Compaq Computer and IBM are stepping up their presence in the storage area network (SAN) market.
Compaq last week delivered on portions of its Enterprise Network Storage Architecture (ENSA) strategy, and IBM is set to add several pieces to its SAN offering at this week's PC Expo show in New York.
At the centre of Compaq's announcement is its StorageWorks Virtual Replicator, a storage management tool for Windows NT environments.
The Virtual Replicator is designed to let users group physical storage arrays into logical, virtual pools of storage that behave similar to real disks. This lets system administrators tailor disk space to the requirements of their users and applications, allowing companies to scale their storage based on their actual needs, according to company officials.
The second major aspect of StorageWorks, according to Mike Good, director of strategic marketing and business development for Compaq's storage products division, is the ability to take "snapshots," or point-in-time representations of virtual disks.
Administrators can then use the snapshots to carry out storage backup or restoration without taking the time to physically copy the storage or take it offline, Good added.
Also to be announced are several hardware products aimed at expanding the capacity of Compaq's ENSA solution and simplifying storage in remote offices.
These include two tape libraries compatible with the entire Compaq server line, an auto loader that allows customers to automatically back up data and applications in satellite offices, and a high-capacity disk drive with twice the capacity of previous Compaq offerings.
According to Good, the announcement is a big step toward providing storage solutions "from the desktop to the data centre".
"The [ENSA] strategy we laid out in November was a multiyear project, and I think these products put us a good deal ahead of schedule already," Good said.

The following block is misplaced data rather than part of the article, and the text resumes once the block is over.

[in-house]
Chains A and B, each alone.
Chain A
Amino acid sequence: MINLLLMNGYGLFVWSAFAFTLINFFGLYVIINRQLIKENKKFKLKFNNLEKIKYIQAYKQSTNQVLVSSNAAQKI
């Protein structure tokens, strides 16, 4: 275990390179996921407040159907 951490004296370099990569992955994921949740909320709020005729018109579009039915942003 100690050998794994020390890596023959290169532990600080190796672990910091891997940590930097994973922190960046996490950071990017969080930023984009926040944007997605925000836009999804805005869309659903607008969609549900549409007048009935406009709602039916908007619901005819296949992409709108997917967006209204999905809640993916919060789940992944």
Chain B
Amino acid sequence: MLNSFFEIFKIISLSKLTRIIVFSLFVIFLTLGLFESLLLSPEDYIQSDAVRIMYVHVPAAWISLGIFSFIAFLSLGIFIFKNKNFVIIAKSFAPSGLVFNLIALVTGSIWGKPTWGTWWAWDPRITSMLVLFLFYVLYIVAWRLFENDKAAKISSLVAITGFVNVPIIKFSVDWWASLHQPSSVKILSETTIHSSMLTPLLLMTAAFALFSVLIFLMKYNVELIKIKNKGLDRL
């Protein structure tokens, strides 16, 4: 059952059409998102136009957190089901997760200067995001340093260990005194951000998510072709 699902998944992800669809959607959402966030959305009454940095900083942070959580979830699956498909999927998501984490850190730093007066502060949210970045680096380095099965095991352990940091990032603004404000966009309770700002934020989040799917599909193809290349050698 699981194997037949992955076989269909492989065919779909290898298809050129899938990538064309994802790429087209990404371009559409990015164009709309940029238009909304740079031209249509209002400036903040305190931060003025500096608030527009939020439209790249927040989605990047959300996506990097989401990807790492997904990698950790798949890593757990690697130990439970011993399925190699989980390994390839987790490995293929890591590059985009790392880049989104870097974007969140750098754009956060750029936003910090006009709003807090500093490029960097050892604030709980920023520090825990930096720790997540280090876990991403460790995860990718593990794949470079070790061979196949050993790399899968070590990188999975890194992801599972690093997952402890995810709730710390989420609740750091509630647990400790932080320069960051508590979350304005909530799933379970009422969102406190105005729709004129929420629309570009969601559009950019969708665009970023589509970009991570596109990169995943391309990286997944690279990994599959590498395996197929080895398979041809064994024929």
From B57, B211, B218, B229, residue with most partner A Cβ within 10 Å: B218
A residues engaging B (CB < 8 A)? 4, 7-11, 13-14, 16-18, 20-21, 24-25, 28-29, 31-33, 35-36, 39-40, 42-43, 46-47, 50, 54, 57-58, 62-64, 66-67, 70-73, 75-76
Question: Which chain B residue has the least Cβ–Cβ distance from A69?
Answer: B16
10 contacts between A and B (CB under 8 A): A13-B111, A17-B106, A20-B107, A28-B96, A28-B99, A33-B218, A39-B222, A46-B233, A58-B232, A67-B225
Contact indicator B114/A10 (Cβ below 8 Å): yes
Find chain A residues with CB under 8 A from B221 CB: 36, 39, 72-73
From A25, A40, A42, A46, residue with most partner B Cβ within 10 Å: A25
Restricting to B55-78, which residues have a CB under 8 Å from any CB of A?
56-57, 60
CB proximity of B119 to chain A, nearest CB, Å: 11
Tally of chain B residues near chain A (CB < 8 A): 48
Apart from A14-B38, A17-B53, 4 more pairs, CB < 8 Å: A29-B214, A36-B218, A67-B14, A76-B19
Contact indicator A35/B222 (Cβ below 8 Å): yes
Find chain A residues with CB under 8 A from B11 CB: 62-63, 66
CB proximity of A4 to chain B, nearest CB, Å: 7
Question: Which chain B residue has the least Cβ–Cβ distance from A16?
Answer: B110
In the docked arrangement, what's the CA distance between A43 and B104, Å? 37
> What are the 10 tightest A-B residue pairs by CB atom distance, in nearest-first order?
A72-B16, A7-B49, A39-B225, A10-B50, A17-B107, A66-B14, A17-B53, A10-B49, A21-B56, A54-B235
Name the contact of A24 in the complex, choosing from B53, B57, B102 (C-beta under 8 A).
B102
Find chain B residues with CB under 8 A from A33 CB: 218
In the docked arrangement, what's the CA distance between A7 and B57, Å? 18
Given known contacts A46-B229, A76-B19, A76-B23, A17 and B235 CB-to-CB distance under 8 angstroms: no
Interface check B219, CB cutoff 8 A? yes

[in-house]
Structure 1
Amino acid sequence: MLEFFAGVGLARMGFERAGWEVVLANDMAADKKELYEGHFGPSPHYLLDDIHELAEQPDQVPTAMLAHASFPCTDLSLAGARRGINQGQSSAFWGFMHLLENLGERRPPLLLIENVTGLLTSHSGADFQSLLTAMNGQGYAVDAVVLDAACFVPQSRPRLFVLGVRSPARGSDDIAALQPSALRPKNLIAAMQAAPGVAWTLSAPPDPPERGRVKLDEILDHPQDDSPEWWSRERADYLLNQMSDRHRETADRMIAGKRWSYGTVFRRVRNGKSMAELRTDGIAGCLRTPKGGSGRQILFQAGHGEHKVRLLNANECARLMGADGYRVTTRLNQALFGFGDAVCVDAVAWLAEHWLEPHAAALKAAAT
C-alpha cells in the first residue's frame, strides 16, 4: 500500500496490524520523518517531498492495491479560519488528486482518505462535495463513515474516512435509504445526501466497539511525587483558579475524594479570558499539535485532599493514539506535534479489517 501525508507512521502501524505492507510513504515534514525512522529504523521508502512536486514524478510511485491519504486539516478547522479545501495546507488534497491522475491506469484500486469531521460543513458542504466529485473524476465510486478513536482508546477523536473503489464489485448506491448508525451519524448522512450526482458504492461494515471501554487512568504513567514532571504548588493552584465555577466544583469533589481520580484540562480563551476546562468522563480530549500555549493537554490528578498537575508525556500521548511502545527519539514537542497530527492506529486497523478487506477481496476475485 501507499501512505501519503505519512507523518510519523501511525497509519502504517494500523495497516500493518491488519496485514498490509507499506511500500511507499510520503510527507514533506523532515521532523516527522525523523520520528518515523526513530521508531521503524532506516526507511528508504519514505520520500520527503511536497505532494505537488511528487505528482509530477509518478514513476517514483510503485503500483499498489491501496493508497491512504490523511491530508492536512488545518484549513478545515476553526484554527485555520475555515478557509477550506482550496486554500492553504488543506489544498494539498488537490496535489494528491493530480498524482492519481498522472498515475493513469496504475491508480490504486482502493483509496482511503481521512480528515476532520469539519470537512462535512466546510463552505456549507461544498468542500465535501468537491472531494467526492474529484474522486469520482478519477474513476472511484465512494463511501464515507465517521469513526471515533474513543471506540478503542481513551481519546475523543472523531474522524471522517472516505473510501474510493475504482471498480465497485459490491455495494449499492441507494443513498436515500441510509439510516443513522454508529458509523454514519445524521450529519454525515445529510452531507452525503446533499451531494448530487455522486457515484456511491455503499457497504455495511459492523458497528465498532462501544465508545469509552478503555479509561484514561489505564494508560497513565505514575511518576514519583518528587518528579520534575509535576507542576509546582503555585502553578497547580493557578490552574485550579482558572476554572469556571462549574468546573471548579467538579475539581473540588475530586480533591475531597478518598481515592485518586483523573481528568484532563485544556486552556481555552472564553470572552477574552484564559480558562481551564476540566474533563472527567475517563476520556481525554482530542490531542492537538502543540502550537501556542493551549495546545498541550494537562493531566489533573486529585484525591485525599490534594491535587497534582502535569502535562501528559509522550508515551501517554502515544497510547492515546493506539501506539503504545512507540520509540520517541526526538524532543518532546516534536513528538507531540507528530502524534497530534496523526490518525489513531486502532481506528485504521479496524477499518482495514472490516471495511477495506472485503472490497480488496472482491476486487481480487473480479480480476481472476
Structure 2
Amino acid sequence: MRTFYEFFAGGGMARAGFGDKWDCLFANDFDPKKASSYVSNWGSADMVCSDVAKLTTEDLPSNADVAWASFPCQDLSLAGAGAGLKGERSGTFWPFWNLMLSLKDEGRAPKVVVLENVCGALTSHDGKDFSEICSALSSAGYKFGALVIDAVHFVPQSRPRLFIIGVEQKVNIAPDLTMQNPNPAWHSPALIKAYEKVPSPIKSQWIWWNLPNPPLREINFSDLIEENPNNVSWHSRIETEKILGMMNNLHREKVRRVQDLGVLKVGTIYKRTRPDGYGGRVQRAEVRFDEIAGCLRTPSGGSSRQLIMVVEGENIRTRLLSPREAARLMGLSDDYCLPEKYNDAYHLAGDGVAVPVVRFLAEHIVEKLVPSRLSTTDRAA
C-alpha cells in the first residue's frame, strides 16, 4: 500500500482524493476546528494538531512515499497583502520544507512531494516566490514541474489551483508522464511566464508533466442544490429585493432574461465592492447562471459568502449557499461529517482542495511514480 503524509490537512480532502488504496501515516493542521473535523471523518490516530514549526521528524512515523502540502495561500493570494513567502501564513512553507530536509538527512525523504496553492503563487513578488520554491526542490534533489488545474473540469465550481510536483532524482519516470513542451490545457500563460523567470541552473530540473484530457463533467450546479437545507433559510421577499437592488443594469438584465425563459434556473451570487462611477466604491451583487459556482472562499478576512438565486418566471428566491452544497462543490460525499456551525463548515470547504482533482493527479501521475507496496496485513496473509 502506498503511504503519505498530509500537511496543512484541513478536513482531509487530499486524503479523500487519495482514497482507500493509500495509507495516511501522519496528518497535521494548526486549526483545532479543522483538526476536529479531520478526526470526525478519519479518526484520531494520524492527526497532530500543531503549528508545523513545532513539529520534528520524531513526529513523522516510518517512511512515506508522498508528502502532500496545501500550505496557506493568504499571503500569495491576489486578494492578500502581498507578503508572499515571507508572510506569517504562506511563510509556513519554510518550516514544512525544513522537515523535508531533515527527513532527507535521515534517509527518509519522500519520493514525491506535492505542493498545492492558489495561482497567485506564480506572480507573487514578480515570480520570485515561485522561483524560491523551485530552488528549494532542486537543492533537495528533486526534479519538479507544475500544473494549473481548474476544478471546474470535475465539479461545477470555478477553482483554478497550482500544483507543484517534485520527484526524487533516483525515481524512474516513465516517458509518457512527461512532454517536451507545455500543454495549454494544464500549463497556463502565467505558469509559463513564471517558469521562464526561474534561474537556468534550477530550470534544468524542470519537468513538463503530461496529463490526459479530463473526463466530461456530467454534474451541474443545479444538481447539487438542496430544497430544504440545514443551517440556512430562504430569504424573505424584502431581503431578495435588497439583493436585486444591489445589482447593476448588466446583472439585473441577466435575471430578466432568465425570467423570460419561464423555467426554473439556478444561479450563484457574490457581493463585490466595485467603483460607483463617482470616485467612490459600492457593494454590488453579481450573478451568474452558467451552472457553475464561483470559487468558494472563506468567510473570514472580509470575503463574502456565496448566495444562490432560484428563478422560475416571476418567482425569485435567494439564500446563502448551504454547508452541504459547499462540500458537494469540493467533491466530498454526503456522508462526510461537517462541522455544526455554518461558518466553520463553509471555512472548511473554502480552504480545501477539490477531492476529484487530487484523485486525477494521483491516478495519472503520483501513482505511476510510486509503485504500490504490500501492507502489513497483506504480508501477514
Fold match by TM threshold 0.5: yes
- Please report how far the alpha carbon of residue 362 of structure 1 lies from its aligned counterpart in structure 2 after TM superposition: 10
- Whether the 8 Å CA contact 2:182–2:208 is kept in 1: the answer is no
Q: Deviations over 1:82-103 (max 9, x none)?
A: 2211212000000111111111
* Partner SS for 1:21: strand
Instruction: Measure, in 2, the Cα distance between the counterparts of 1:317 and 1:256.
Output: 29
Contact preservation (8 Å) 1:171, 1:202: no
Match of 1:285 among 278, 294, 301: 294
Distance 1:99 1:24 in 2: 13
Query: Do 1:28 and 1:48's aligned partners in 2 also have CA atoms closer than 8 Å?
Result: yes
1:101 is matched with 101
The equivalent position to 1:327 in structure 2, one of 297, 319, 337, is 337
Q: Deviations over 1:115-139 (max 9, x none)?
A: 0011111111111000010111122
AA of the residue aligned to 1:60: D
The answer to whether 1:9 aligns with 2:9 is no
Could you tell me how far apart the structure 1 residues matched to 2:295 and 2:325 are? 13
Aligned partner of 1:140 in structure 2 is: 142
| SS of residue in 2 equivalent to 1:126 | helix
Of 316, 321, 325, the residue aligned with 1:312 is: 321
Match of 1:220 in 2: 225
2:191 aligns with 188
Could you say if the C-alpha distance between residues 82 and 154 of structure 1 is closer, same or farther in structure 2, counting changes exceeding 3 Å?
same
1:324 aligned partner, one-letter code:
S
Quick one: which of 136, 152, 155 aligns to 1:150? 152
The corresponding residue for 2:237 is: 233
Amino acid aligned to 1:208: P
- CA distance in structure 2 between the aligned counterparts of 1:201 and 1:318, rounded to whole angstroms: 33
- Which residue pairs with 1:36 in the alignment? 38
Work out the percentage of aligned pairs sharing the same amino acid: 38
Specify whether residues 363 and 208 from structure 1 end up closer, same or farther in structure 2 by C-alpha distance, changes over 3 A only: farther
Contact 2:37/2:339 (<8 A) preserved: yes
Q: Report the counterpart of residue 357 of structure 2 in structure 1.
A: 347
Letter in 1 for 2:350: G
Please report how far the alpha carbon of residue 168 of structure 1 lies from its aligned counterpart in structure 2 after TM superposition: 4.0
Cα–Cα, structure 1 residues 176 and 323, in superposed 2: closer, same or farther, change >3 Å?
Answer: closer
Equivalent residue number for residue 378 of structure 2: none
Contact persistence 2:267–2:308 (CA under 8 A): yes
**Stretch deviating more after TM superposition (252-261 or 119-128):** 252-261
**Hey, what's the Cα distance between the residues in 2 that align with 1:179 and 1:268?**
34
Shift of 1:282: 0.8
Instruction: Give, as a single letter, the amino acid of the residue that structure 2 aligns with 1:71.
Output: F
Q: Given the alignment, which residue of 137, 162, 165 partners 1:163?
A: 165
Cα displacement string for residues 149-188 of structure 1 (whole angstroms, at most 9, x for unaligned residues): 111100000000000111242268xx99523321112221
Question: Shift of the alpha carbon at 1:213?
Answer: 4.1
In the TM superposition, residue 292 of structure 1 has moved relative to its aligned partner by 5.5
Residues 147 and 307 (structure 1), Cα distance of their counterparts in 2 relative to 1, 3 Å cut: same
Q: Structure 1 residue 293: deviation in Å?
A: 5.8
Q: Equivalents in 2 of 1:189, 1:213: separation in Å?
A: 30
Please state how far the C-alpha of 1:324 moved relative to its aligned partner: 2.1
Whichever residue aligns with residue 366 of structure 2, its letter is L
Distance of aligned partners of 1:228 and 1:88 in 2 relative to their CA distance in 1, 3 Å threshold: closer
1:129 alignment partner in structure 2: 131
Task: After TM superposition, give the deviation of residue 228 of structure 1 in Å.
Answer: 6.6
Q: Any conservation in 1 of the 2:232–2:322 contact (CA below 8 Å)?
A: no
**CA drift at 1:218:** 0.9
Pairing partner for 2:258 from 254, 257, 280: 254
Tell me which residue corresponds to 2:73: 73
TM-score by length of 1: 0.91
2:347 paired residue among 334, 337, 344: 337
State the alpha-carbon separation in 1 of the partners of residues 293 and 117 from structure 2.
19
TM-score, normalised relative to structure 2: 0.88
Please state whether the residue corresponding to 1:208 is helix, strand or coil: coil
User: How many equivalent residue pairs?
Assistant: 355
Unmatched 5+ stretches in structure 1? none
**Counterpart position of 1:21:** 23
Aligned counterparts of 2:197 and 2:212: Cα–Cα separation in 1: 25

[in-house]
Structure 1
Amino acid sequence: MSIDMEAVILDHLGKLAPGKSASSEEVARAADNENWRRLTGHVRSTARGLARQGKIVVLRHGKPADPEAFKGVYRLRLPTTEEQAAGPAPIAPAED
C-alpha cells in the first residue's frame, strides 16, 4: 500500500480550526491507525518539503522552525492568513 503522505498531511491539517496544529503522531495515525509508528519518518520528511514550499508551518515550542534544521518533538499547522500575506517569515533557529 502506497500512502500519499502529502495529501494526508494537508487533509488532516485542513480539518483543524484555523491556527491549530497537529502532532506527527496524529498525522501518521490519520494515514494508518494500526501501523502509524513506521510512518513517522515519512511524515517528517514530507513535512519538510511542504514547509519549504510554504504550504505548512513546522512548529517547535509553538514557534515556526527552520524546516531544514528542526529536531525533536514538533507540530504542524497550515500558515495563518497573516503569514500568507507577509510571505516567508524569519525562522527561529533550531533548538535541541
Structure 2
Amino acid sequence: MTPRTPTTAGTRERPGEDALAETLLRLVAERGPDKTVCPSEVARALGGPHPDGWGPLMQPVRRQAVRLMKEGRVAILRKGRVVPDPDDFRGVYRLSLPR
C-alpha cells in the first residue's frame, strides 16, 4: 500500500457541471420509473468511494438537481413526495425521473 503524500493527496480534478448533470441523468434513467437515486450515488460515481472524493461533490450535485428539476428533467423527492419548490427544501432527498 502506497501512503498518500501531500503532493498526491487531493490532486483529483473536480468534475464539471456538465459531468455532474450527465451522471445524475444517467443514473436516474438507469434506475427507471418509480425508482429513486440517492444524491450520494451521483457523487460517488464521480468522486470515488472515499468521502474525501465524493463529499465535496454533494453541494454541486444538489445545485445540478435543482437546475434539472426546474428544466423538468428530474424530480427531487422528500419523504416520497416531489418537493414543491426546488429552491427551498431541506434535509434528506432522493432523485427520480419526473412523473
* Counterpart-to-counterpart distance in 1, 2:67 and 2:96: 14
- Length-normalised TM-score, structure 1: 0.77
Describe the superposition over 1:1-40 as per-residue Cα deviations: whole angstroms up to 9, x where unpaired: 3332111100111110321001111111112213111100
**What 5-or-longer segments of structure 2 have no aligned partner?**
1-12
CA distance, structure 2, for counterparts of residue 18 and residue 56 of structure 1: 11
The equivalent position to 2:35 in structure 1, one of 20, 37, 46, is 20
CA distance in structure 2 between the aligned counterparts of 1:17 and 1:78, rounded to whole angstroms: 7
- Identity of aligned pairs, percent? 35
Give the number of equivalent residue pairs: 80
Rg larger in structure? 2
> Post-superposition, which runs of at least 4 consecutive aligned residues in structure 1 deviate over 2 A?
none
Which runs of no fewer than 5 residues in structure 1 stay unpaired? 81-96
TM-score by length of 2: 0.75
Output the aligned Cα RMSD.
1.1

The sum of all of these parts, according to David Hill, a senior analyst for storage and storage management at the Aberdeen Group, should make life easier for administrators and users alike and is a very positive step for Compaq's overall storage strategy.
"It will be a big help to a lot of people in the [Windows] NT environment," Hill said of the solution.
Another vendor looking to strengthen its network storage offerings is IBM, which is planning to introduce new storage enclosures, tape backup units, Fibre Channel-to-SCSI bridges, and Fibre Channel switches at PC Expo.
The company will also formally announce Netfinity Availability Extensions for Microsoft Cluster Server. This collection of announcements will allow IBM to accelerate its push toward a complete enterprise storage solution, company officials said.
All of the Compaq products are available immediately, with pricing for Compaq's StorageWorks Virtual Replicator set at $US1495 per NT server.
Pricing and availability for IBM's new storage offerings is not yet available.
Compaq Computer Corp., in Houston, is at http://www.compaq.com. IBM Corp., in Armonk, New York, is at http://www.ibm.com.